[Note: This post is relevant for babies of any age, plus toddlers and young children.]
It’s 2am and my 5 month old baby is awake. Considering he went to sleep at 6pm the night before, I happily give him a feed. He goes back to sleep, but is a bit wriggly.
1.5 hours later, he’s awake again, restless and looking for another breastfeed. I’m tired and figure the easiest thing to do is to feed him again so that he will go back to sleep, and so can I.
This time though, when he’s fed for quite a while, he’s incredibly restless and would clearly like to just latch on and never leave. When I do take him off, he’s squirming, and starting to cry. I try to settle him with a cuddle but he’s not having any of it. He wants the boob and that’s it!
I’m awake now and groggily start to realise that it’s not food he’s after any more. There’s something else he needs.
So what’s going on?
When babies are wanting to feed all the time, it’s generally an indication of pent up feelings. Yes it’s natural to want the comfort of a breastfeed, and yes it’s natural to want to be close and cuddled. But when a baby is so clearly agitated, restless and nothing will really satisfy them, then there is something else going on. If they are not ill and require medical attention, then it is highly likely that they need to release the pent up feelings and sensations that are causing them to be so agitated.
Do babies have feelings?! Surely they are too young and don’t know enough of what’s going on?
Babies have LOTS of feelings! From the time they are born, there is a huge assault on their senses – light, touch, hunger, cold, heat, funny rumblings in their tummies, loud noises, scary faces, etc. They also start to experience frustration – waiting to be fed, waiting to be picked up, being put in the car seat yet again, wanting to grab an object that’s just out of reach. And they can start to experience fear – people shouting, a dog barking close by, the fearful expression on their parent’s face.
There is huge brain activity as they are learning incredibly quickly about their body and the world around them.
So with all of this going on, they need a way to deal with it. And that is where crying comes in. Nature has provided this wonderful mechanism where babies (and all of us) can immediately and fully release the scary, frustrating, overwhelming sensations. Crying releases stress hormones which then helps to return our body to homeostasis – i.e. our natural, relaxed state.
How do we help our baby with that?
We lovingly say no to more feeding. We lovingly hold them in our arms. And we lovingly listen to them whilst they cry. We offer our eye contact, our touch and our safe presence. We allow them to experience and release their full range of emotions.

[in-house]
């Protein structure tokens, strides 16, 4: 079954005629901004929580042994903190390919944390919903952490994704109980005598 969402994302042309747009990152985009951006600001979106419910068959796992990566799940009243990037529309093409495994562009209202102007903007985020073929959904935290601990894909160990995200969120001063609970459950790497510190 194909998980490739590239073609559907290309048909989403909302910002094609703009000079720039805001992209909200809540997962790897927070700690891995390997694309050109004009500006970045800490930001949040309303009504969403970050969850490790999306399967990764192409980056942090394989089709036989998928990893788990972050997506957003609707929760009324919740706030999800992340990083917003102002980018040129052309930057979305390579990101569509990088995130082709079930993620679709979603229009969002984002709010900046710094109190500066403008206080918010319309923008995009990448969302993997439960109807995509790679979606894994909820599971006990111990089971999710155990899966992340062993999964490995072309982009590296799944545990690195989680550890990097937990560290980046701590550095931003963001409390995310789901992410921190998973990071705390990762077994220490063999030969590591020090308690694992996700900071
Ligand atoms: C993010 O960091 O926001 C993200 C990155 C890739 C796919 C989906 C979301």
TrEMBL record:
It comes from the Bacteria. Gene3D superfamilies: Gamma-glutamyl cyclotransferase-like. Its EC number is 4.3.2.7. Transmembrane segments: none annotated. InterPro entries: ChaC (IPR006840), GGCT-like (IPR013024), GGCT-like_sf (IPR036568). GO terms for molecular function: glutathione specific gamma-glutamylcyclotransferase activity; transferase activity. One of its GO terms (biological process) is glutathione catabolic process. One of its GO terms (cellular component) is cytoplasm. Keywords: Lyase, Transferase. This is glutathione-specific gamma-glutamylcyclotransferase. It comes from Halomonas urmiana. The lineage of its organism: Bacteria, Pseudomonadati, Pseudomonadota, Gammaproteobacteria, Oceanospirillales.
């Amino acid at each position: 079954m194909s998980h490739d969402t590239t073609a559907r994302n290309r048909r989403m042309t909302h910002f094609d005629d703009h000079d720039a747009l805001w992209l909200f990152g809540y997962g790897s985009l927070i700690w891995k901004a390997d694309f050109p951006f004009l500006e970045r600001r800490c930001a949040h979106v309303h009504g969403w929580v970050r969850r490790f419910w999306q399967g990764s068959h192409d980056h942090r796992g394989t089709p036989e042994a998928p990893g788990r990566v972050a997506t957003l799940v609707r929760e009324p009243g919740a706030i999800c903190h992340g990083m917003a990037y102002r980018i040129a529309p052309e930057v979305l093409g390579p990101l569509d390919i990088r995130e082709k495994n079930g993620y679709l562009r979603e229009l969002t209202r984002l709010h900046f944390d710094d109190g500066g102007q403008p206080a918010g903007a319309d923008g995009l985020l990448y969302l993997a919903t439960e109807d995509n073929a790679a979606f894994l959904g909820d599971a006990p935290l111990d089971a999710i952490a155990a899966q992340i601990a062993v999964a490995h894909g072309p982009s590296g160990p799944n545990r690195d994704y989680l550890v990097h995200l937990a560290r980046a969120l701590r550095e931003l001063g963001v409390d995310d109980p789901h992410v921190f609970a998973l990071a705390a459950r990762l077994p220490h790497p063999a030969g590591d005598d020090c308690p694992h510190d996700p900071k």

When they are little, our babies can just lie in our arms and freely cry. They may take short breaks where they look away as if to zone out but we continue to offer our loving eye gaze so that when they are ready to return, they will see us and feel safe to cry some more.
As they get older and bigger, they will start to squirm, arch their backs, scrunch up their eyes, maybe start to suck their thumb. We can hold them in our arms, or have them on the bed next to us. Anywhere where they can be close enough to feel our touch, see our eyes and know that they are safe with us. We can stroke their bodies, gently tell them that we love them, and just pour our love into them whilst they writhe, wriggle and cry.
But don’t we need to comfort them? To stop them from crying? I don’t want my baby to be upset.
It can be SO hard to see our beautiful, precious baby sad or upset. They are such tiny, vulnerable beings and we would do anything in the world to look after them. It can therefore be important to remember:
Our babies cry because they are upset. They are not upset because they are crying.
If we can remember that crying is natural, normal and useful. It is a way to communicate AND it is a way to release. As long as, and this is the really important bit(!), they cry in the presence of someone who is lovingly being present with them. Crying on their own is NOT the same – it is scary and will compound the emotions that caused them to start crying in the first place.
So we comfort them with our loving presence. We comfort them with our acceptance of their sadness, frustration, etc. We comfort with our loving caress and gentle words. And we comfort them by trusting that they are OK and will be free of whatever is the matter with them once they have finished with their cry.
Just think of how calm and relaxed you are after you’ve had a really good cry with your partner or friend who has loved you throughout.
So – back to us in the middle of the night….
I knew he wasn’t ill. I knew he had been fed. His nappy was fine. And I remembered that he hadn’t had a cry the day before. I also knew that to have him attached to me all night would not be useful for him or me.
So I just held him in my arms whilst he cried and cried. He cried for about 40 minutes and towards the end, he would pause and then cry and then pause again. His pauses became longer and he stopped crying altogether. His eyes closed and he calmly fell into a relaxed, deep sleep until about 8am.